No. 111: May-Jun 1997
New Scientist's "Feedback" page, our favorite source for remarkable insights into cosmic phenomena, noted recently that the magazine Omni had announced the winner of its "Theories" contest. The winning entry was revolutionary, to say the least. In the words of the inventor:
"When a cat is dropped, it always lands on its feet, and when toast is dropped, it always lands with the buttered side facing down. I propose to strap buttered toast to the back of a cat; the two will hover, spinning inches above the ground."
There is a deep profundity in this arrangement. S. Voss recognized immediately that a perpetual motion machine had been proposed. He set out to find a flaw. Somehow, energy was being supplied to keep the cat-toast armature turning. Voss observed that any practical cat-toast motor would have to be suspended over a very expensive carpet, for the simple reason that the probability of the toast landing buttered-side down is well known to be proportional to the cost of the carpet. (Linoleum is very poor in this application.) Furthermore. to maintain the machine's efficiency, the rug would have to be frequently cleaned of falling cat hairs. Carpet cleaning is energy-intensive, and it is here that energy must be supplied, thereby nullifying the perpetual-motion claim!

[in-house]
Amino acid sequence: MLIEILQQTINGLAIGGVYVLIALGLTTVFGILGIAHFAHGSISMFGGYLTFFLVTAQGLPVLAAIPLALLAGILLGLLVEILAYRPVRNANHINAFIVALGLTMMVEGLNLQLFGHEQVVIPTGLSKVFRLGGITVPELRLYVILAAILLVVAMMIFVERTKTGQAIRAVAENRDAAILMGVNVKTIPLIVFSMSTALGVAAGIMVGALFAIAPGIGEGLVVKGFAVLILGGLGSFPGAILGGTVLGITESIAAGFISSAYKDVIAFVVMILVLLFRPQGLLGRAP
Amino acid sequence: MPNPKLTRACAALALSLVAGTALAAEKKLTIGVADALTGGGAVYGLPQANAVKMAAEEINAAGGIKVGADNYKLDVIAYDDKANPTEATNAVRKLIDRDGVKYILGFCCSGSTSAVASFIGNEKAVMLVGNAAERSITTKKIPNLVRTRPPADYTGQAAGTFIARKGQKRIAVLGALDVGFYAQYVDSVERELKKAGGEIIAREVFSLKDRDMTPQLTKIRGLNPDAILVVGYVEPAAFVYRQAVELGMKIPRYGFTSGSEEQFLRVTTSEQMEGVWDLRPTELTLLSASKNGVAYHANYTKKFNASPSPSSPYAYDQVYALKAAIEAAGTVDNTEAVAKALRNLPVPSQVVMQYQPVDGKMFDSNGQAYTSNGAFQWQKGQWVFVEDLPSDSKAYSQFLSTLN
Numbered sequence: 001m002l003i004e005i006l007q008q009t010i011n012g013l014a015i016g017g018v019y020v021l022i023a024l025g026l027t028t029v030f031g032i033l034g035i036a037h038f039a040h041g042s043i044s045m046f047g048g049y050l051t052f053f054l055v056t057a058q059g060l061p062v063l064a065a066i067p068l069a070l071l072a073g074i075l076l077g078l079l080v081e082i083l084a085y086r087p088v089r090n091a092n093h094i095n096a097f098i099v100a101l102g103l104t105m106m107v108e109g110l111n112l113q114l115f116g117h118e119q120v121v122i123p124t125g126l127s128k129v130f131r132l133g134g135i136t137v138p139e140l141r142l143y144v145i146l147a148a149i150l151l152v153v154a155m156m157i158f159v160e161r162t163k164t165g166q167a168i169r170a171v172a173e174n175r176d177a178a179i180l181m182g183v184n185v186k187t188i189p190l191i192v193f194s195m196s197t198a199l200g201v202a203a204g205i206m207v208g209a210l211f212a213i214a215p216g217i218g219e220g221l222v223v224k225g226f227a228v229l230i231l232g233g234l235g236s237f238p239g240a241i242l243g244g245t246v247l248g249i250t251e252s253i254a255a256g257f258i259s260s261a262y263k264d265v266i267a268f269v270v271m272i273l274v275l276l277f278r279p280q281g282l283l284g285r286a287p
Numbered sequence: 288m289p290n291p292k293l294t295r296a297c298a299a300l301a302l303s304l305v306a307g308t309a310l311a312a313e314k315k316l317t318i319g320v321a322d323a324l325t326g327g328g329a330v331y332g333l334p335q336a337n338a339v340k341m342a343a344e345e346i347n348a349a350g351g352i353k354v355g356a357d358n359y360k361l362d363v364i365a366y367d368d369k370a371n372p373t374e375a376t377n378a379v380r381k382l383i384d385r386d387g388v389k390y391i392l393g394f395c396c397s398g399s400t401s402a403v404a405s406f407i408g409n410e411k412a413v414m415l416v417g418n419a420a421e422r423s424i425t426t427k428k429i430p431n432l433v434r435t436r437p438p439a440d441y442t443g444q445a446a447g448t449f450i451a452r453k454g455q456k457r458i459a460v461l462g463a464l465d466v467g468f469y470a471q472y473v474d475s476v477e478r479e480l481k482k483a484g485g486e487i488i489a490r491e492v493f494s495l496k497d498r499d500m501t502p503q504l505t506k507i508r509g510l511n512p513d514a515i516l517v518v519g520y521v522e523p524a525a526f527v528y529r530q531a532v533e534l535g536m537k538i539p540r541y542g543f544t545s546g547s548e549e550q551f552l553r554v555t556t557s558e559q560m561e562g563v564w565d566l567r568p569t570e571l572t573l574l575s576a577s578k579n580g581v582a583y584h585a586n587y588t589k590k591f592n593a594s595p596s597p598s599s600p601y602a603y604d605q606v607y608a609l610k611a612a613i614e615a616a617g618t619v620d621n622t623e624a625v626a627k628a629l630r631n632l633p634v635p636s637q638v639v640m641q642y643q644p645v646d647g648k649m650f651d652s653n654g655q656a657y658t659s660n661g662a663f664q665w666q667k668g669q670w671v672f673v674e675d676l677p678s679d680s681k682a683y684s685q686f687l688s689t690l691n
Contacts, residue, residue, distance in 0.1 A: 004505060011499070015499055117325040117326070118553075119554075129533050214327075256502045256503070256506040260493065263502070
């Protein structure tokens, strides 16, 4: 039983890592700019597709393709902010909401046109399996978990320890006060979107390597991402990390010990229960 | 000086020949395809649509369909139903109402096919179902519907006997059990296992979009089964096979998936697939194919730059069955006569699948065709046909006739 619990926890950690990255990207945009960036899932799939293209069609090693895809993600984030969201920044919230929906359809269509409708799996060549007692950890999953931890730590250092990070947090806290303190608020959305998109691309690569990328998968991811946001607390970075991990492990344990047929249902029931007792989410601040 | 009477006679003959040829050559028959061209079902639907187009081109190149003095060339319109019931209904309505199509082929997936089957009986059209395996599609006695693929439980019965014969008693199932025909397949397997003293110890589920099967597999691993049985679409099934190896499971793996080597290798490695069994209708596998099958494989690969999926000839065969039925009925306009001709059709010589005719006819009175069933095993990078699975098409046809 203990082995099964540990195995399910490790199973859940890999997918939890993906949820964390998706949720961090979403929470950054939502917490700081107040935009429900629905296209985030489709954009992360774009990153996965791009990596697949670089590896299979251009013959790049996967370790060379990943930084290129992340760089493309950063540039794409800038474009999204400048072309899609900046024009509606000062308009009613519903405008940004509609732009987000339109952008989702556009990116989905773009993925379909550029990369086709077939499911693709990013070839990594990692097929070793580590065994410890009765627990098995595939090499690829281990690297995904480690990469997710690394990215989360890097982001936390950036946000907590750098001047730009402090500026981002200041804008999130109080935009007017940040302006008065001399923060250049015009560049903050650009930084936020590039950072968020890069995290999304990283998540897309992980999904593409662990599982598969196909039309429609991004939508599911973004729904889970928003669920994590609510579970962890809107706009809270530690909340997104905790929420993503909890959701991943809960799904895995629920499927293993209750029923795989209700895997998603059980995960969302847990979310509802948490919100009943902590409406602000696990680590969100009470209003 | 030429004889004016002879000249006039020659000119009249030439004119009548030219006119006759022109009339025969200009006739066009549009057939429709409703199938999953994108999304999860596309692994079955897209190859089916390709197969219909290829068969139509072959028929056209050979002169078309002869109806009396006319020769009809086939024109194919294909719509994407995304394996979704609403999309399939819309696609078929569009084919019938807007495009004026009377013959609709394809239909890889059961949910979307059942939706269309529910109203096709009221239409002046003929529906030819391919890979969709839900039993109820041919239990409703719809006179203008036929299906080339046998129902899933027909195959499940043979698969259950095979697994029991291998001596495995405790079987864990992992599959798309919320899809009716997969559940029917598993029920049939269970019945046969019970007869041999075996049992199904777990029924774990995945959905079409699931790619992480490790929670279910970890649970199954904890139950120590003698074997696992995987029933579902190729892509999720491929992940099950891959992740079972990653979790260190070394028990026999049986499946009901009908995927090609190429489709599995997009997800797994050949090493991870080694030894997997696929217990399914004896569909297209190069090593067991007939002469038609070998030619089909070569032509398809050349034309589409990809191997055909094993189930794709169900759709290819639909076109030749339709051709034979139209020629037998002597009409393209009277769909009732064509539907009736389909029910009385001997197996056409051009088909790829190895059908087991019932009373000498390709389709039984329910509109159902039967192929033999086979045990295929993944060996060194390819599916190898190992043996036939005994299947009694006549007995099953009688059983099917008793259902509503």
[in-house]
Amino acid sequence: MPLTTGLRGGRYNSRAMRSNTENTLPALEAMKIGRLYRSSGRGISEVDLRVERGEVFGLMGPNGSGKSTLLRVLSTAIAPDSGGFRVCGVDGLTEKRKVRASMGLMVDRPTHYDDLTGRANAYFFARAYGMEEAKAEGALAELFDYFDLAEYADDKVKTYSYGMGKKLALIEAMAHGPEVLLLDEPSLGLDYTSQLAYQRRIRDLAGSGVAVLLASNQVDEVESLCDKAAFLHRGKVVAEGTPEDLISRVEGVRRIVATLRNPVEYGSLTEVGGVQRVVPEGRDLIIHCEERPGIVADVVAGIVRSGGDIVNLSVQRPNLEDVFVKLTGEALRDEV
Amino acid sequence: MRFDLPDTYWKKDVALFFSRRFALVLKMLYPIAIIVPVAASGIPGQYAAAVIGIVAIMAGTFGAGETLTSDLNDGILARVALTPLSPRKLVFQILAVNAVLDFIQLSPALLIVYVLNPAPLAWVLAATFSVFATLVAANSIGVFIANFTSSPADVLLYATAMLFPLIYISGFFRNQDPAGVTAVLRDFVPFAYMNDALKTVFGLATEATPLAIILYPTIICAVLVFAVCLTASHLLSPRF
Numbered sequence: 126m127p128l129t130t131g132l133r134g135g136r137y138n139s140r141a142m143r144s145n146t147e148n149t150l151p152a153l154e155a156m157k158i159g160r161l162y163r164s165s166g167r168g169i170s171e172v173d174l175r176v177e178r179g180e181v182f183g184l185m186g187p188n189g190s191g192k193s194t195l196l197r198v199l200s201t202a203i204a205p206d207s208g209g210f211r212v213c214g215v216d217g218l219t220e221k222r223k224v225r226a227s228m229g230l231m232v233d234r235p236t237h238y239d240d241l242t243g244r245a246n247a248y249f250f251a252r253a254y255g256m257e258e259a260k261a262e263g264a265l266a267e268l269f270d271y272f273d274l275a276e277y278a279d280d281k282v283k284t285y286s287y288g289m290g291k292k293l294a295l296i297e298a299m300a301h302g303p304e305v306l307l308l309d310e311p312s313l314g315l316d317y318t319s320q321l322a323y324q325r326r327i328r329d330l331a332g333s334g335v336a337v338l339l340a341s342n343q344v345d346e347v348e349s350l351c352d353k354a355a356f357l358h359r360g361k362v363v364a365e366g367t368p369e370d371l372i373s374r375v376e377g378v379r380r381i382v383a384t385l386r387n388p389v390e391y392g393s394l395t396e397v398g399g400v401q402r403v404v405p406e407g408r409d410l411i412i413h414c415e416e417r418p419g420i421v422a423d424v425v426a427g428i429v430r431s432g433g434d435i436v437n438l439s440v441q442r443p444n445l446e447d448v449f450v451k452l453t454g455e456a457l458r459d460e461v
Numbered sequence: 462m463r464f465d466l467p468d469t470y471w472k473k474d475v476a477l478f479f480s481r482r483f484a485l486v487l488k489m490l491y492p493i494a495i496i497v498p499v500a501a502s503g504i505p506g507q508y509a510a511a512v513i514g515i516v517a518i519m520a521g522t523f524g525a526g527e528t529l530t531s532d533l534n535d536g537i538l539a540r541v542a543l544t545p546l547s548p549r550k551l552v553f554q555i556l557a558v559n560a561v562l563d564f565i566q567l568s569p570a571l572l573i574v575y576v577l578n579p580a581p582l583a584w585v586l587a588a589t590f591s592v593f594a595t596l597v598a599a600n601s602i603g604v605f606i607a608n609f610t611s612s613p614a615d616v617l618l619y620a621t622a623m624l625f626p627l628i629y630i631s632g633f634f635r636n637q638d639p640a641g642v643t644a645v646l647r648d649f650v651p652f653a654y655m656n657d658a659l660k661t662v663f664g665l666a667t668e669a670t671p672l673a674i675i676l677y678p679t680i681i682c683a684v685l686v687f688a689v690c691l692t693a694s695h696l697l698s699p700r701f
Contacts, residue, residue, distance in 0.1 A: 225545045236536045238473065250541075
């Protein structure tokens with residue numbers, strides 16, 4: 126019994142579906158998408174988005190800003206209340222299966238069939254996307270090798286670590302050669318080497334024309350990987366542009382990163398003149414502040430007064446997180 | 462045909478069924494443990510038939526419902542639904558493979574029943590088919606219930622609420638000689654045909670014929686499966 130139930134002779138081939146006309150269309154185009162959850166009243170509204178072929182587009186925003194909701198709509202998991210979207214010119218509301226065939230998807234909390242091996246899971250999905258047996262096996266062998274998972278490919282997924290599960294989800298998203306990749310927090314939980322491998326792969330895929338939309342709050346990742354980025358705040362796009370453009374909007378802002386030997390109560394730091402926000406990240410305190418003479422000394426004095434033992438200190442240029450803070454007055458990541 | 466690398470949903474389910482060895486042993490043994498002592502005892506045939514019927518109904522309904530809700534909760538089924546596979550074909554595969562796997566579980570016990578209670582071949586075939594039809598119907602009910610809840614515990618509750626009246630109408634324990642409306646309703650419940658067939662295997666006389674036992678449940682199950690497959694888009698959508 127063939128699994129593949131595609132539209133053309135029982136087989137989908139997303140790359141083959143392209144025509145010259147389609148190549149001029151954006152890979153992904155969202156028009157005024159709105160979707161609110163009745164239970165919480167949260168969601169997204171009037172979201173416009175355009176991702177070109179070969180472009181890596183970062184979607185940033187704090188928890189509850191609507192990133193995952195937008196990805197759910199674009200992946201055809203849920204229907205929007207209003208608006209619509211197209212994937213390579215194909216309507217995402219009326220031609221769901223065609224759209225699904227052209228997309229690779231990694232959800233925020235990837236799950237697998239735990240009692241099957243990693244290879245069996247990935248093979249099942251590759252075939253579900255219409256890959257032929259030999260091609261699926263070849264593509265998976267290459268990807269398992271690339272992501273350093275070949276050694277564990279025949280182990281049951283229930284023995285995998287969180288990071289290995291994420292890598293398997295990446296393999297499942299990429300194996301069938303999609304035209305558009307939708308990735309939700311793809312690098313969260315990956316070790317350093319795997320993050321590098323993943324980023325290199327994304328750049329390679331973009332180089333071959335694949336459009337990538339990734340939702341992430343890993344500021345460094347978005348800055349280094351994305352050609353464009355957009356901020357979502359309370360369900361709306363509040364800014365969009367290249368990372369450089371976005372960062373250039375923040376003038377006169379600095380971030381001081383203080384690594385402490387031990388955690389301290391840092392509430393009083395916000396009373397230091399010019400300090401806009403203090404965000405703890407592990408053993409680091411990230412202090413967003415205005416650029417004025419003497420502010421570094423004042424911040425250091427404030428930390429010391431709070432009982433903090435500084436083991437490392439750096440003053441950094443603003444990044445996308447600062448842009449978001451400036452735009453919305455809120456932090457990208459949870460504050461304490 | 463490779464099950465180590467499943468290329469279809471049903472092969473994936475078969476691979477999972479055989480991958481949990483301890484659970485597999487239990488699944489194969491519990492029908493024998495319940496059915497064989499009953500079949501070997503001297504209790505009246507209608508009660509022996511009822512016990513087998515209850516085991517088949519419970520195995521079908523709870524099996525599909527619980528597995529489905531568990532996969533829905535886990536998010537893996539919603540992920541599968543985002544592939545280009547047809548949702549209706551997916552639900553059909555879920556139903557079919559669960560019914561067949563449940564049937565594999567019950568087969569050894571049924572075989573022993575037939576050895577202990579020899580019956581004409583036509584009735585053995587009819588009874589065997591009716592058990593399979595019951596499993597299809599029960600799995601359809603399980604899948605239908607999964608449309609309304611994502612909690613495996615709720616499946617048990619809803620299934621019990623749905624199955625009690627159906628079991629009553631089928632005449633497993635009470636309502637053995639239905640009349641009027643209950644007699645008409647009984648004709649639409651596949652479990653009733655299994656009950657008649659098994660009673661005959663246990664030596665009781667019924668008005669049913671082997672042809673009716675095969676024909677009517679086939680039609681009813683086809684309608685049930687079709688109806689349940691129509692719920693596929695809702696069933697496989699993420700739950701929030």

(Anonymous; New Scientist "Feedback" columns for October 19 and November 16, 1996)
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